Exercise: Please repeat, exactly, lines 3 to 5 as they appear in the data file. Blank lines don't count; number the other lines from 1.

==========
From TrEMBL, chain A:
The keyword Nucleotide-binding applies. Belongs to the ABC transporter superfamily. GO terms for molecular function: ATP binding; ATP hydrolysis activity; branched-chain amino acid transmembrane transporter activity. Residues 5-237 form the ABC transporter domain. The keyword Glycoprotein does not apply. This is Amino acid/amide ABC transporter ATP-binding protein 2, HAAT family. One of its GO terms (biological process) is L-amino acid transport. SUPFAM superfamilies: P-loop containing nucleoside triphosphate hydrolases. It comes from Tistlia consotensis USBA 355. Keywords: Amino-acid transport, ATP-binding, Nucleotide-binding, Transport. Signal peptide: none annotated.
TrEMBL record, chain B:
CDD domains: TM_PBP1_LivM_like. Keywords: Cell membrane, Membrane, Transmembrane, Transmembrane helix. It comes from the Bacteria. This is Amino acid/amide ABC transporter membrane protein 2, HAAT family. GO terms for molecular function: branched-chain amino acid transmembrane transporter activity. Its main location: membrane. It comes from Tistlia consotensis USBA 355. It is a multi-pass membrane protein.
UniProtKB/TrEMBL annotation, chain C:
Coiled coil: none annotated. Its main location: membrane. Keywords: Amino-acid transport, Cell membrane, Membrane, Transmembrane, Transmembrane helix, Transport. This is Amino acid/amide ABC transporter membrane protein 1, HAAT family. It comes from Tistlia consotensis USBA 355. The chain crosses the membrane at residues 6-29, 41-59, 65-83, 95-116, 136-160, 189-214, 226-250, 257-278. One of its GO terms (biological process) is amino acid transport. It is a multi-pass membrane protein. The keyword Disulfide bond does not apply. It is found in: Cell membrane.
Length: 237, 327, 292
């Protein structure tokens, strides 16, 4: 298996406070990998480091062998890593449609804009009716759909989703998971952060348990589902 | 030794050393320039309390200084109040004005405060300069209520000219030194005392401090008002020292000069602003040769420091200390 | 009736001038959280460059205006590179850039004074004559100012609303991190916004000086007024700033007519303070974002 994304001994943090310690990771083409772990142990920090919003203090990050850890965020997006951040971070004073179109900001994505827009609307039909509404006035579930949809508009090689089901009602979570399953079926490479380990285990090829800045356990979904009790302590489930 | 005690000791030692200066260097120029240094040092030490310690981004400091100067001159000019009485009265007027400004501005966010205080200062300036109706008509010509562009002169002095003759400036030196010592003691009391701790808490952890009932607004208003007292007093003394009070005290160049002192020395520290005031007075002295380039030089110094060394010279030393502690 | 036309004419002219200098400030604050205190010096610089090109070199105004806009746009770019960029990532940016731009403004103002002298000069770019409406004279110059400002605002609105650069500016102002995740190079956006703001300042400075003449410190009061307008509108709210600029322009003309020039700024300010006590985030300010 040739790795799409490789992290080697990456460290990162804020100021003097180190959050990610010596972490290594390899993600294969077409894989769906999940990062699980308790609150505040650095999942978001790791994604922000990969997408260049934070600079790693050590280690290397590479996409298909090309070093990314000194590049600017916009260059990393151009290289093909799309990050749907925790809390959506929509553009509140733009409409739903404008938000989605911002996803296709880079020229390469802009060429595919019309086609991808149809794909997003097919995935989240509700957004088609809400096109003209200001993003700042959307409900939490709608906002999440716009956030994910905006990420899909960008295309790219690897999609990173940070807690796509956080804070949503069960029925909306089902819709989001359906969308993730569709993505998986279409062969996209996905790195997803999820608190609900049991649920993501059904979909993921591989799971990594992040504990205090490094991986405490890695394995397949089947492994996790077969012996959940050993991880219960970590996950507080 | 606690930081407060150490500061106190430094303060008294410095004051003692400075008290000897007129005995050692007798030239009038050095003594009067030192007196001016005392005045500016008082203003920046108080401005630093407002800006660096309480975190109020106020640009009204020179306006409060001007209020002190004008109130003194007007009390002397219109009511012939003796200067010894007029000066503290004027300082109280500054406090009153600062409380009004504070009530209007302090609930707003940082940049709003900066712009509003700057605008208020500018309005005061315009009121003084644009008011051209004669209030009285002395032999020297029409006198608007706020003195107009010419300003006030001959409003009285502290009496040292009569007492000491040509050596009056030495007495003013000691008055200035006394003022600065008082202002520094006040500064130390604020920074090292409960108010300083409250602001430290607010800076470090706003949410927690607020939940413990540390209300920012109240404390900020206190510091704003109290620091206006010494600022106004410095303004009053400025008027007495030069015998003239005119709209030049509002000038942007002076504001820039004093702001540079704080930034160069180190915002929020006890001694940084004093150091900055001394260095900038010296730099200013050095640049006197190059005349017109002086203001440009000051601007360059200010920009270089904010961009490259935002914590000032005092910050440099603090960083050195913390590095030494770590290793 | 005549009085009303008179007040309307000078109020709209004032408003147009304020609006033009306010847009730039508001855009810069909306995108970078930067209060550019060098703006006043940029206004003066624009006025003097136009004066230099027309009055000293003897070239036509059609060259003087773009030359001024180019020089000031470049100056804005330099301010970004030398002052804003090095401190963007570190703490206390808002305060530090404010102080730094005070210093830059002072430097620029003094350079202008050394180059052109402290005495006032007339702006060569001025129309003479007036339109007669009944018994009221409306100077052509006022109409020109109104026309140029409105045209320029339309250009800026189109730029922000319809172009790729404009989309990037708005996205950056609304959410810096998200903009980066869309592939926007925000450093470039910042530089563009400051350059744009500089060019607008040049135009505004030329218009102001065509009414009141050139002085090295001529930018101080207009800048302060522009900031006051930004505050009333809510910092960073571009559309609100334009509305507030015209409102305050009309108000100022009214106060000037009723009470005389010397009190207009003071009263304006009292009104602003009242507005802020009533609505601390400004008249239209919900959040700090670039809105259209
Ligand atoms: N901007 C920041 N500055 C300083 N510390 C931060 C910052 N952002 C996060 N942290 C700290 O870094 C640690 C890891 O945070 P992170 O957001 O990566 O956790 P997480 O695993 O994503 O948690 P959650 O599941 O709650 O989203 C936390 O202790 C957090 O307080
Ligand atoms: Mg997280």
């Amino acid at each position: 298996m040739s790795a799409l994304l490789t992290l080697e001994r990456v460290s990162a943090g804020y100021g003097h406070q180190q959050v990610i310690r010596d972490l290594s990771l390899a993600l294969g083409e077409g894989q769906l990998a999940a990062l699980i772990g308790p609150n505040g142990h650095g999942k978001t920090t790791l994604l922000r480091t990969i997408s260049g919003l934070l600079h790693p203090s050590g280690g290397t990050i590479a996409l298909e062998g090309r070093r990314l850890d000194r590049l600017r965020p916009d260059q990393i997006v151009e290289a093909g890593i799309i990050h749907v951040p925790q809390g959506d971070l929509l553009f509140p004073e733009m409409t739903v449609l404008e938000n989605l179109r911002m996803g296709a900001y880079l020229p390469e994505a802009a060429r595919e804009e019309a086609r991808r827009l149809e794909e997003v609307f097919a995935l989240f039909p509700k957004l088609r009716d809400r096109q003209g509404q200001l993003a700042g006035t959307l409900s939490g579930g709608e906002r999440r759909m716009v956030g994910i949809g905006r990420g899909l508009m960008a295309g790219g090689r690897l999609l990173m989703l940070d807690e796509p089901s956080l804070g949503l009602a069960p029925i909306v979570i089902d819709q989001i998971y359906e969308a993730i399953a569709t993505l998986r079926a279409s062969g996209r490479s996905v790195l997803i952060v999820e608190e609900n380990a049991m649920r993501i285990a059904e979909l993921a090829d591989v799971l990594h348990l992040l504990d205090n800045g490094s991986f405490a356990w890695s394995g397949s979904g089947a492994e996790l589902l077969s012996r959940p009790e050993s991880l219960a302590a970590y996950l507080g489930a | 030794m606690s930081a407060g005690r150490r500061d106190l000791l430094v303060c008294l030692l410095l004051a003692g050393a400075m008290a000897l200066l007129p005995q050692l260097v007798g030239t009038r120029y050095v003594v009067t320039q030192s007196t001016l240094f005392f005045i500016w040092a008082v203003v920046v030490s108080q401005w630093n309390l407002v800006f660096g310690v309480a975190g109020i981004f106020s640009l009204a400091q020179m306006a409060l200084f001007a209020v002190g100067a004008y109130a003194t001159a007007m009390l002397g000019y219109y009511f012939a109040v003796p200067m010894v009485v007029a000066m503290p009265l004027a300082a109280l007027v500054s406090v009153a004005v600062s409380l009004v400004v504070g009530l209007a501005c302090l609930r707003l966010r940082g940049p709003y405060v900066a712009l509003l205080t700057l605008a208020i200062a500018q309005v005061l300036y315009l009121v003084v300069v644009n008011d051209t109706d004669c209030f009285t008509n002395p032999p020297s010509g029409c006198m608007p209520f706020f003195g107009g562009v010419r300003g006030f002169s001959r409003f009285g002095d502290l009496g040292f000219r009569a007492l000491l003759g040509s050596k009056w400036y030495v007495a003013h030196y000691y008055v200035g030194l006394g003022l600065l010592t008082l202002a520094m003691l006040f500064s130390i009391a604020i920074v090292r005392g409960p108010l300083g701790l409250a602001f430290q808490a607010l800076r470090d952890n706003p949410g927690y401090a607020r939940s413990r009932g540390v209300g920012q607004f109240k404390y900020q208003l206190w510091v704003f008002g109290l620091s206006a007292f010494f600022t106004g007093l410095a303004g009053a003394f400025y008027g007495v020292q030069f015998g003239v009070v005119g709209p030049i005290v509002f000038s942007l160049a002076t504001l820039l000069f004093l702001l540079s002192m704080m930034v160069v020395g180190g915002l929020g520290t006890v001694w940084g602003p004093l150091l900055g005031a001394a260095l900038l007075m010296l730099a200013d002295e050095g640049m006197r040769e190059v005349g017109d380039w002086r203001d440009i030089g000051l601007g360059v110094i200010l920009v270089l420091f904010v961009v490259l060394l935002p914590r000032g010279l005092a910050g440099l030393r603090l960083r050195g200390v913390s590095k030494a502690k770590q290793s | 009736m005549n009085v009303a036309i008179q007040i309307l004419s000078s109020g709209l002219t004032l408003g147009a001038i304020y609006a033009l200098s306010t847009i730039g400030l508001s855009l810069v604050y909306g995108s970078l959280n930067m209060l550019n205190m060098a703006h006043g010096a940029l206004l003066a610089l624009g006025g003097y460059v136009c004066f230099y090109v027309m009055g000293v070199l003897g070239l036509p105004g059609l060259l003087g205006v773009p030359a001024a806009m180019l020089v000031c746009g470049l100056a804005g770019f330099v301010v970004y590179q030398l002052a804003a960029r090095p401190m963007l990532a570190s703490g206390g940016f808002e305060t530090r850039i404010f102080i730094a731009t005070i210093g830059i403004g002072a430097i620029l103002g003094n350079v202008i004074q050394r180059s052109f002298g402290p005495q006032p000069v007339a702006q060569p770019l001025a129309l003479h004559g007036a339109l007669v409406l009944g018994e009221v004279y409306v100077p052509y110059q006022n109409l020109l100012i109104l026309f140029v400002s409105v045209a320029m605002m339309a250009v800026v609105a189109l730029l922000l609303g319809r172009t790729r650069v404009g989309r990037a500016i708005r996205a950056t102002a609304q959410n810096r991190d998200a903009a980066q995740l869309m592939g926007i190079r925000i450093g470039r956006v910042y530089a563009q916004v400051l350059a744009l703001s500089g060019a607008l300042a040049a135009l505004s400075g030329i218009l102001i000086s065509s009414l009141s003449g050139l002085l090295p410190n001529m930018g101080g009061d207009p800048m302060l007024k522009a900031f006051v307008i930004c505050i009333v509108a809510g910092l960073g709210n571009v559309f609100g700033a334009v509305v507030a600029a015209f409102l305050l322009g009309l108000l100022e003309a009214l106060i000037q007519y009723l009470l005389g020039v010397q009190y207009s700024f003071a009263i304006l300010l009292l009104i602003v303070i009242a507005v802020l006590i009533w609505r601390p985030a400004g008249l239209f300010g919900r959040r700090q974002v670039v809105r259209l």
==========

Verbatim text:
TrEMBL record, chain B:
CDD domains: TM_PBP1_LivM_like. Keywords: Cell membrane, Membrane, Transmembrane, Transmembrane helix. It comes from the Bacteria. This is Amino acid/amide ABC transporter membrane protein 2, HAAT family. GO terms for molecular function: branched-chain amino acid transmembrane transporter activity. Its main location: membrane. It comes from Tistlia consotensis USBA 355. It is a multi-pass membrane protein.
UniProtKB/TrEMBL annotation, chain C: